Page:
Most drivers happily welcome technological advances when it comes to the safety of their vehicles. Whether it is their commute to work, drive to the grocery store or trip across the country, individuals feel encouraged by the active safety features provided by various advanced driver assistance systems (ADAS). A heads-up display (HUD), though, might fit into a different category.
Designed to collect data from the vehicle’s various systems and present it to the driver in an easy-to-process manner, a camera in the dashboard projects the HUD information against the windshield directly in the driver’s field of vision. The reasoning behind this is clear – the less time the driver needs to look away from the road to the dashboard instrumentation panel the safer he or she is.
Unfortunately, the presentation of information in this way can be counter-productive. An HUD can cover a broad range of information, including:
- Current speed and speed limit
- Engine tachometer readings
- Interior and exterior temperatures
- Audio information such as song name and volume display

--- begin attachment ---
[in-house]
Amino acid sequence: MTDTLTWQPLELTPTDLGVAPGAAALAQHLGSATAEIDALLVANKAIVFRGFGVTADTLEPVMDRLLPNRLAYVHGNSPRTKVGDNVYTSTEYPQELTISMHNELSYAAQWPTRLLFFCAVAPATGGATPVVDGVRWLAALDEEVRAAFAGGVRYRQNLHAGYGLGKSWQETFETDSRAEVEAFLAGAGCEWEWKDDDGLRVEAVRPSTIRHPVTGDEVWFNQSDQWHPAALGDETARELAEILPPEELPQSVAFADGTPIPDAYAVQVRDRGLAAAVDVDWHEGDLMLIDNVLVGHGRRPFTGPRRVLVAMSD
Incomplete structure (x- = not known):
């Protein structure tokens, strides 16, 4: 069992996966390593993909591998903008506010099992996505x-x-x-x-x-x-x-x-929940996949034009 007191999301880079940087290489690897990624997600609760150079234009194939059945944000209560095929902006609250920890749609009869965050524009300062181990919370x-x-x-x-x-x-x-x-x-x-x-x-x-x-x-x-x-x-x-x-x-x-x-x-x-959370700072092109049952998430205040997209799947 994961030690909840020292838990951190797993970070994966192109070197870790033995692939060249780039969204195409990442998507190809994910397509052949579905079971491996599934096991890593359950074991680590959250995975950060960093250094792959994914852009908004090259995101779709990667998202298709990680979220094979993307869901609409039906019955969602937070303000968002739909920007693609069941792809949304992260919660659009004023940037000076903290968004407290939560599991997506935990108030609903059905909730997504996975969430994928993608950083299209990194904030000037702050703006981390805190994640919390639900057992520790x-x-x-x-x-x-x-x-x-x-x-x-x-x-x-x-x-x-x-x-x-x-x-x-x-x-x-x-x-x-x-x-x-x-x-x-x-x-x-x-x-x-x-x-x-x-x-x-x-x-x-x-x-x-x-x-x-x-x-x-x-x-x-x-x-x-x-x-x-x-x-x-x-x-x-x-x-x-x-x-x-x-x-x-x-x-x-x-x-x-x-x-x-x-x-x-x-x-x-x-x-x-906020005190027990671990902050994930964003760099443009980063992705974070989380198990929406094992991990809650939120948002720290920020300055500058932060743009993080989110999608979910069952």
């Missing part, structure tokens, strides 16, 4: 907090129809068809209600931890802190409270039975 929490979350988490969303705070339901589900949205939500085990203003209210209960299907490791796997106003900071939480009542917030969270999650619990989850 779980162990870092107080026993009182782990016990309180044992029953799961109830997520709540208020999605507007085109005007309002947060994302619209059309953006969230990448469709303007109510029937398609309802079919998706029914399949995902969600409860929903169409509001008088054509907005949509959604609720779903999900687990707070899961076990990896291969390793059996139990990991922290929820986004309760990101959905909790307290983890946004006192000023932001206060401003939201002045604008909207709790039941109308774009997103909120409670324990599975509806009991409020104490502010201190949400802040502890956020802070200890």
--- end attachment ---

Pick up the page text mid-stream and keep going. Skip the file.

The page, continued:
- GPS driving directions
- Follow-distance warnings
The problem inherent in this system is the volume of data the vehicle provides. While drivers might not technically be looking down at their phone GPS or dashboard audio system, they are still looking away from the road and the traffic in front of them. They might miss suddenly slowed traffic or a vehicle emerging from a blind spot. They might miss someone attempting to cross the street.
Whether it is designed to be helpful or not, any activity that pulls a driver’s attention and focus from their primary task is considered a distraction. Distracted drivers can cause severe collisions resulting in devastating property damage and catastrophic injuries. Drivers are cautioned to rely on their ADAS features sparingly and to remain firmly in control of their own vehicle.